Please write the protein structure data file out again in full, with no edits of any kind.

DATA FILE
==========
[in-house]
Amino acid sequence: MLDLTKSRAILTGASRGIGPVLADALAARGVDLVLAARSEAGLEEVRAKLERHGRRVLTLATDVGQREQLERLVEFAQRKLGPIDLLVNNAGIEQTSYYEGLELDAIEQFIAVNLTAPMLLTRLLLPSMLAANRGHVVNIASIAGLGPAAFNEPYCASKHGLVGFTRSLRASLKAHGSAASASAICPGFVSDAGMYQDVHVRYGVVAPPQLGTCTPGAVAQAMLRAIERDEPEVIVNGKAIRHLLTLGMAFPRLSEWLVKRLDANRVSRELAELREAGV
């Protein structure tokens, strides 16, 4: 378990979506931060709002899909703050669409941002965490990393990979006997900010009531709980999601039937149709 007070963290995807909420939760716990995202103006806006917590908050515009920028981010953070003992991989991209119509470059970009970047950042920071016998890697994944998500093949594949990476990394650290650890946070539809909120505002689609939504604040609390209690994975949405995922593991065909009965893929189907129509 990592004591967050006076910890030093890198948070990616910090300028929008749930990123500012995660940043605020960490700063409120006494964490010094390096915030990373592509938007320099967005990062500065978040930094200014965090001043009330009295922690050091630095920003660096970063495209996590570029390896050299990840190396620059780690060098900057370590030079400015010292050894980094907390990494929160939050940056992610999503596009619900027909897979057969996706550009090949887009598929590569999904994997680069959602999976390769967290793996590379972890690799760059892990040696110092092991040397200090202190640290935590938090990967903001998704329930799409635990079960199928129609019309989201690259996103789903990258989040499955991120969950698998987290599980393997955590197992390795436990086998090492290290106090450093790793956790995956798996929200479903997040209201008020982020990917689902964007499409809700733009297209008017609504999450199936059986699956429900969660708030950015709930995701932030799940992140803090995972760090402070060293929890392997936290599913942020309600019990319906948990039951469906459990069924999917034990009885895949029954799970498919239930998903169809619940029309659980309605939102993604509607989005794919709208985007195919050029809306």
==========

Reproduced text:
[in-house]
Amino acid sequence: MLDLTKSRAILTGASRGIGPVLADALAARGVDLVLAARSEAGLEEVRAKLERHGRRVLTLATDVGQREQLERLVEFAQRKLGPIDLLVNNAGIEQTSYYEGLELDAIEQFIAVNLTAPMLLTRLLLPSMLAANRGHVVNIASIAGLGPAAFNEPYCASKHGLVGFTRSLRASLKAHGSAASASAICPGFVSDAGMYQDVHVRYGVVAPPQLGTCTPGAVAQAMLRAIERDEPEVIVNGKAIRHLLTLGMAFPRLSEWLVKRLDANRVSRELAELREAGV
């Protein structure tokens, strides 16, 4: 378990979506931060709002899909703050669409941002965490990393990979006997900010009531709980999601039937149709 007070963290995807909420939760716990995202103006806006917590908050515009920028981010953070003992991989991209119509470059970009970047950042920071016998890697994944998500093949594949990476990394650290650890946070539809909120505002689609939504604040609390209690994975949405995922593991065909009965893929189907129509 990592004591967050006076910890030093890198948070990616910090300028929008749930990123500012995660940043605020960490700063409120006494964490010094390096915030990373592509938007320099967005990062500065978040930094200014965090001043009330009295922690050091630095920003660096970063495209996590570029390896050299990840190396620059780690060098900057370590030079400015010292050894980094907390990494929160939050940056992610999503596009619900027909897979057969996706550009090949887009598929590569999904994997680069959602999976390769967290793996590379972890690799760059892990040696110092092991040397200090202190640290935590938090990967903001998704329930799409635990079960199928129609019309989201690259996103789903990258989040499955991120969950698998987290599980393997955590197992390795436990086998090492290290106090450093790793956790995956798996929200479903997040209201008020982020990917689902964007499409809700733009297209008017609504999450199936059986699956429900969660708030950015709930995701932030799940992140803090995972760090402070060293929890392997936290599913942020309600019990319906948990039951469906459990069924999917034990009885895949029954799970498919239930998903169809619940029309659980309605939102993604509607989005794919709208985007195919050029809306």